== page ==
How is the work you are currently doing relevant to everyday life?
Biology has always fascinated me and I have always wanted to find out more about how
the human body functions and the processes involved in the development of diseases.
I have been studying Type 2 Diabetes and some specific proteins that could be
potentially involved in the development of this disease. Through using confocal
microscopy, I was able to find out how changes in the localisation of these proteins
in muscle, in response to certain chemicals, may be involved in diseases such as
diabetes. Overall, this work is helping add more knowledge to what is already known
about metabolic diseases and increasing our understanding on how people get diabetes
and develop new treatments for the disease.
What do the images show?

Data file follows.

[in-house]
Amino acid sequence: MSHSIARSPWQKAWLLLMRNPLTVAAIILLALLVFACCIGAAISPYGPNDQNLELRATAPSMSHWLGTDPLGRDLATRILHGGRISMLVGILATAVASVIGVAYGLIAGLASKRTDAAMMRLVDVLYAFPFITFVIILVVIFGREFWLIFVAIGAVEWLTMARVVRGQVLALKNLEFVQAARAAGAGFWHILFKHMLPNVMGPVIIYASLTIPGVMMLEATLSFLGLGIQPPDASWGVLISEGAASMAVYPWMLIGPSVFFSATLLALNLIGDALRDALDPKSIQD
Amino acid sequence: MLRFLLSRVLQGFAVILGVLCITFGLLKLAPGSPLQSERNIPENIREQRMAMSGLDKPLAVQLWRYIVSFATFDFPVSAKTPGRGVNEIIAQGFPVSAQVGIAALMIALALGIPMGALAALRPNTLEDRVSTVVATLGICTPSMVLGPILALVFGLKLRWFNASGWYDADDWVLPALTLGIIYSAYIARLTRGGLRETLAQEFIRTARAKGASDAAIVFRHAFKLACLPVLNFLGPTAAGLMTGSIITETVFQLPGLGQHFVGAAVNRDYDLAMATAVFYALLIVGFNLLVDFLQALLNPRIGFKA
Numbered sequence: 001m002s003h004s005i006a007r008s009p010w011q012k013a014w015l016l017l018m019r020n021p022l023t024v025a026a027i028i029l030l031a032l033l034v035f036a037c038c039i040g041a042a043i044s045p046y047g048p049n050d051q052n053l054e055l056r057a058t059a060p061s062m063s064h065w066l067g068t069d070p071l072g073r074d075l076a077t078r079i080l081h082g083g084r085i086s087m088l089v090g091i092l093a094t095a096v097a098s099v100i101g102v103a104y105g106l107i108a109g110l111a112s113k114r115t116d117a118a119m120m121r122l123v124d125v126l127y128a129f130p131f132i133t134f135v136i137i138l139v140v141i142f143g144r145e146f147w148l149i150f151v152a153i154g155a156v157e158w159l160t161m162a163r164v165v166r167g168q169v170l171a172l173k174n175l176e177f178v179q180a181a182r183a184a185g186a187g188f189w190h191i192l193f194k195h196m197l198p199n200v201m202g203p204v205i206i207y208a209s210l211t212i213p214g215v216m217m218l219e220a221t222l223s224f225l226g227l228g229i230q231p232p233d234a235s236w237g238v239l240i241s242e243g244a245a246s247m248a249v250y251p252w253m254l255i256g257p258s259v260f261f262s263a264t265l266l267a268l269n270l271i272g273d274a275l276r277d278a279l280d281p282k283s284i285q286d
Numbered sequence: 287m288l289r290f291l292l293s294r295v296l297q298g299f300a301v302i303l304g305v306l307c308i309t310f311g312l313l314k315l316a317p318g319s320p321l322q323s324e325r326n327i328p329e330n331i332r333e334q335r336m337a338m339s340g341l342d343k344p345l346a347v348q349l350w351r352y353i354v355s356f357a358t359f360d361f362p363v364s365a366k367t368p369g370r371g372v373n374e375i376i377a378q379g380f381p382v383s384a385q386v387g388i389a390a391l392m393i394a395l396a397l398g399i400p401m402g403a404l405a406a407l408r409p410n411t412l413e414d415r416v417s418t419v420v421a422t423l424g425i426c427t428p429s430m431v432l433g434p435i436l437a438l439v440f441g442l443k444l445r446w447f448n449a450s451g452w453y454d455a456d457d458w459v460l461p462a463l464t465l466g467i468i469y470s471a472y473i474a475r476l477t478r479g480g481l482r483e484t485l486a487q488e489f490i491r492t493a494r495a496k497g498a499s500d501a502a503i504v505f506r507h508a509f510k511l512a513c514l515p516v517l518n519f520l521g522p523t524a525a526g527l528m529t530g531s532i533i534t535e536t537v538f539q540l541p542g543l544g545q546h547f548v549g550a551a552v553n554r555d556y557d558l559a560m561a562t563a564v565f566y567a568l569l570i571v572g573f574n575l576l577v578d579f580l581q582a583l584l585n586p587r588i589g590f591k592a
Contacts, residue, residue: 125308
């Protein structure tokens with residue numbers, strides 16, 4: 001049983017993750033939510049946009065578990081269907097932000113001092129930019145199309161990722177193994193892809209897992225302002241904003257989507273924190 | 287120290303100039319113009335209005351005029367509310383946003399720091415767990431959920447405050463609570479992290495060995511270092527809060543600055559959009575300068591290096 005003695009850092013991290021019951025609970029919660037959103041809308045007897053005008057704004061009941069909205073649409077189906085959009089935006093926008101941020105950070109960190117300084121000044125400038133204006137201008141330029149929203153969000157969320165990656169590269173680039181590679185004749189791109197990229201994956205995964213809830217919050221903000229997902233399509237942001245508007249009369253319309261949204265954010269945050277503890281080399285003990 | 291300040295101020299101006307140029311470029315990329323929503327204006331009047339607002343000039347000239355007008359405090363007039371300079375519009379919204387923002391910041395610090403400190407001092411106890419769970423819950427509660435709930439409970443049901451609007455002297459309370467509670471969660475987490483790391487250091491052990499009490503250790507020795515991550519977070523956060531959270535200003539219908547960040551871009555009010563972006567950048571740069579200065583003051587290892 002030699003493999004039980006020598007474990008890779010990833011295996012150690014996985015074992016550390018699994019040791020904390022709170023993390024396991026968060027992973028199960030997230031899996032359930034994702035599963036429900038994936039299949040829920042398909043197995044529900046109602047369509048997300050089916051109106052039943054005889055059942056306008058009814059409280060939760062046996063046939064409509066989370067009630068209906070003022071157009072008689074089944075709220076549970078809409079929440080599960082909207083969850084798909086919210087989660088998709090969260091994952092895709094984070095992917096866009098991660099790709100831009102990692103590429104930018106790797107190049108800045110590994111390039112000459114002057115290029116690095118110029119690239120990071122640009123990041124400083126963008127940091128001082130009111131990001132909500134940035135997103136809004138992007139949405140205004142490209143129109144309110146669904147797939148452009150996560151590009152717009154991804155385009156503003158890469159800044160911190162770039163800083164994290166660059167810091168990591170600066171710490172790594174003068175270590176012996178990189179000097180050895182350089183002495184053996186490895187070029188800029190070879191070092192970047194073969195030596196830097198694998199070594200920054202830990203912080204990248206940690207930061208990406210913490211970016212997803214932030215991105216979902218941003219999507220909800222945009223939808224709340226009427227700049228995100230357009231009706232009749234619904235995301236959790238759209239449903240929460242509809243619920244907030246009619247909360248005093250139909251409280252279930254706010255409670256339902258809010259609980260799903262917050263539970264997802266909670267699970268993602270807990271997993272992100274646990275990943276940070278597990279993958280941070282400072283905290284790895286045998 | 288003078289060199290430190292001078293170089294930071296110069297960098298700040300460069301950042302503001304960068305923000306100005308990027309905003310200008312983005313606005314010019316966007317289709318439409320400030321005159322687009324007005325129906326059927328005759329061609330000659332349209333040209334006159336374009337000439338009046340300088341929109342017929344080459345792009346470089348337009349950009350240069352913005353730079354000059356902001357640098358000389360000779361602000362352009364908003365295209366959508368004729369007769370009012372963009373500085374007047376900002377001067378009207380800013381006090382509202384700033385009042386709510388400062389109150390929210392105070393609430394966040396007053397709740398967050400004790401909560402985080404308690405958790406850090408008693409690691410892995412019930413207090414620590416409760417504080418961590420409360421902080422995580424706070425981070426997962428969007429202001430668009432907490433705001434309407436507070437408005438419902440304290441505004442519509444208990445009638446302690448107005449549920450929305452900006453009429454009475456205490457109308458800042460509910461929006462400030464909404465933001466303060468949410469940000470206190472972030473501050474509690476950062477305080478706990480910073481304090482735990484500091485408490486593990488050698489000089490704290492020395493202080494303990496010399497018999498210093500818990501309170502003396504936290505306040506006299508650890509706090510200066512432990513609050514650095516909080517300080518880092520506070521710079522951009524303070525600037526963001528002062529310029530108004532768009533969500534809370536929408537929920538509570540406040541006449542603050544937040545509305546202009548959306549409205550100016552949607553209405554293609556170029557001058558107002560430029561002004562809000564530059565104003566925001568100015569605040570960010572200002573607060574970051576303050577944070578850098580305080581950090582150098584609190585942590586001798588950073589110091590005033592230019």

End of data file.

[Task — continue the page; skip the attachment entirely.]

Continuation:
The images are of muscle cells, which show different structures involved in keeping
the cells working. The cells are stained using fluorescent chemicals which label
these structures. Using a confocal microscope (a microscope attached to lasers)
images were taken of the cells at very high magnification so that the labelled
structures can be seen. The nucleus which is the control centre of the cell is
labelled in blue. Powerhouse shows the mitochondria in red, which provide the cells
with energy and in green an important protein involved in how the mitochondria
produce energy for the cell. Powerhouse 2 shows the cell membrane labelled in red and an
important protein in green that is involved in letting glucose into the cell and so
providing the cell with energy. When the cells are treated with a specific chemical
this protein moves to the membrane and so the staining of the membrane changes to